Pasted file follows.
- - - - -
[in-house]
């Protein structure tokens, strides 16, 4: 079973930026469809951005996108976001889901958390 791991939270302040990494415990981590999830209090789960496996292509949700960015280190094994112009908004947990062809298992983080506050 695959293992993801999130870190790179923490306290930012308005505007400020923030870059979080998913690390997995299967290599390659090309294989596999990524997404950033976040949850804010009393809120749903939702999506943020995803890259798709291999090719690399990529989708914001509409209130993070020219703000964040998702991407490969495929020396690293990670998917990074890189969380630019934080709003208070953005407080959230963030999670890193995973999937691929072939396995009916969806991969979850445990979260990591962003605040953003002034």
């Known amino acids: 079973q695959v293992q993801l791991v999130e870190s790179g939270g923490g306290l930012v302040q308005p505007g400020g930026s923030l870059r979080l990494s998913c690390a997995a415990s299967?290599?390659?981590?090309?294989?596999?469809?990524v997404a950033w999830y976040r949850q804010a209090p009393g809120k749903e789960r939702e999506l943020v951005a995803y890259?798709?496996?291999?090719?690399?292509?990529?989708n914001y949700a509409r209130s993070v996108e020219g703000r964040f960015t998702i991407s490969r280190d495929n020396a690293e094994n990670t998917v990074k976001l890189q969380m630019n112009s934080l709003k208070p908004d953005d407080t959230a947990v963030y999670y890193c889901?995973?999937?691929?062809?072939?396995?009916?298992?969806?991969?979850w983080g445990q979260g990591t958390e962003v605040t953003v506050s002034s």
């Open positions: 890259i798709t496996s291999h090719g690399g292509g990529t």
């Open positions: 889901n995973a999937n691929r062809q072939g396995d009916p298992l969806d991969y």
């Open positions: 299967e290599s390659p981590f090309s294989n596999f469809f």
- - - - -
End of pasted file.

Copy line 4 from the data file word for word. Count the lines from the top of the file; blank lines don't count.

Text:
């Open positions: 890259i798709t496996s291999h090719g690399g292509g990529t």